Potential to be an elite No. 1 receiver in the NFL
Decent, but not great, height
Can have minor bouts of drops
Summary: NFL scouts who attended Alabama's practices in the fall of 2017 told me Jeudy was the next great Crimson Tide receiver to keep the tradition going under Nick Saban that has seen elite receivers like Julio Jones, Amari Cooper and Calvin Ridley dominate the competition. Those scouts had very good foresight, as that season Jeudy only had 14 receptions for 264 yards and two touchdowns.
It was a different story in 2018, as Jeudy took over as the No. 1 receiver replacing Ridley. The Alabama passing attack was also much more potent with Tua Tagovailoa as the starting quarterback instead of Jalen Hurts. Jeudy was a sophomore sensation, recording 68 receptions for 1,315 yards and 14 touchdowns. He deserved and won the Fred Biletnikoff Award as the best wide receiver in college football.
As a junior, Jeudy totaled 77 receptions for 1,163 yards and 10 touchdowns. He played well for Alabama, showing his skills to be a dynamic receiver, and the extra attention paid to him helped the team's other wide receivers break out. Still, Jeudy was a source for big plays while also serving as a good blocker for his teammates.
The first attribute that jumps out about Jeudy is speed. He is a fast wideout who is a game breaker. After a fast first-step, Jeudy has a second gear to accelerate down the field and stretch defenses over the top. He can run by double coverage and score from anywhere on the field. His speed and athleticism allow him to consistently generate separation from defensive backs because he is very difficult to run with. Along with being a vertical threat, Jeudy should be a good third-down weapon in the NFL with his ability to get open on short to intermediate routes.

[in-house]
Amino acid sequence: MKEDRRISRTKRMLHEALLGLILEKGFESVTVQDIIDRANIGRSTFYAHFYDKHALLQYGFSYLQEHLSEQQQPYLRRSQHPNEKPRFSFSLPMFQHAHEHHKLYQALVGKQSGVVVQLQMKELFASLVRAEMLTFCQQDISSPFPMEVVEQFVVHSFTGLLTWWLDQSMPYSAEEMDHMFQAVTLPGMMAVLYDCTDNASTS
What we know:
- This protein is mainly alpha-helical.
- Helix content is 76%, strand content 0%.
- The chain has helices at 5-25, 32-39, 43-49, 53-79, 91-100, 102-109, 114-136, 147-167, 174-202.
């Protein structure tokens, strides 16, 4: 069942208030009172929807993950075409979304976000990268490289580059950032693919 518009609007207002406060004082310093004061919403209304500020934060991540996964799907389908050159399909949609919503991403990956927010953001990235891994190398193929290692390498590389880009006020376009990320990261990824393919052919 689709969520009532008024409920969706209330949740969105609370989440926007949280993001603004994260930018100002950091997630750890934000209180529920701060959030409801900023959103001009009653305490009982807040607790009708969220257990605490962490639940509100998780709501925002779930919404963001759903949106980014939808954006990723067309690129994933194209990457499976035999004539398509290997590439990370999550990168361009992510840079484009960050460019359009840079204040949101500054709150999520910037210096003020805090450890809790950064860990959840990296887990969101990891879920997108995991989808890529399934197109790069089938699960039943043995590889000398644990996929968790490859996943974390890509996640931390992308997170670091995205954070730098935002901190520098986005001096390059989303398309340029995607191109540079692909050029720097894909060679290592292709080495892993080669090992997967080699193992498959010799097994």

After the catch, Jeudy is excellent. He is very elusive in the open field, possessing phenomenal feet to dodge tacklers, stop/start, and cut through the secondary. Jeudy's yards-after-the-catch skills in combination with his speed make him very dangerous to turn a short reception into a long gain.
Jeudy shows pretty good technique as a receiver as well. He tracks the ball well and has late hands to reel in passes even with defenders close. While Jeudy is not a pure size mismatch, he has good enough height and shows an ability to make contested catches over defensive backs. There are times when Jeudy body catches when he could use his hands, but that is a minor issue overall. Jeudy has good feel and instincts showing an ability to break off his routes to get open for his quarterback when plays break down.
Jeudy's hands are average. He has some drops, but nothing egregious. He probably won't ever be one of the most sure-handed wideouts in the NFL, but drops a;sp won't be a serious problem in his career.
For the NFL, Jerry could fit well as a X - split end - receiver who works along the sideline and challenges teams vertically. Jerry also is very dangerous on crossing routes and working the middle of the field, but given that he isn't a big receiver, his pro team may want to limit him from doing too much work in the middle of the field.
Jeudy should be a true No. 1 receiver in the NFL and could become a perennial Pro Bowler. He is worthy of being a top-10 pick in the 2020 NFL Draft.
Player Comparison: Odell Beckham Jr. Jeudy reminds me of Beckham coming out of LSU. Beckham has much better hands, while Jeudy is a bit more polished and steady. Jeudy's overall style of play with his speed, route-running, and yards-after-the-catch skills remind me of Beckham.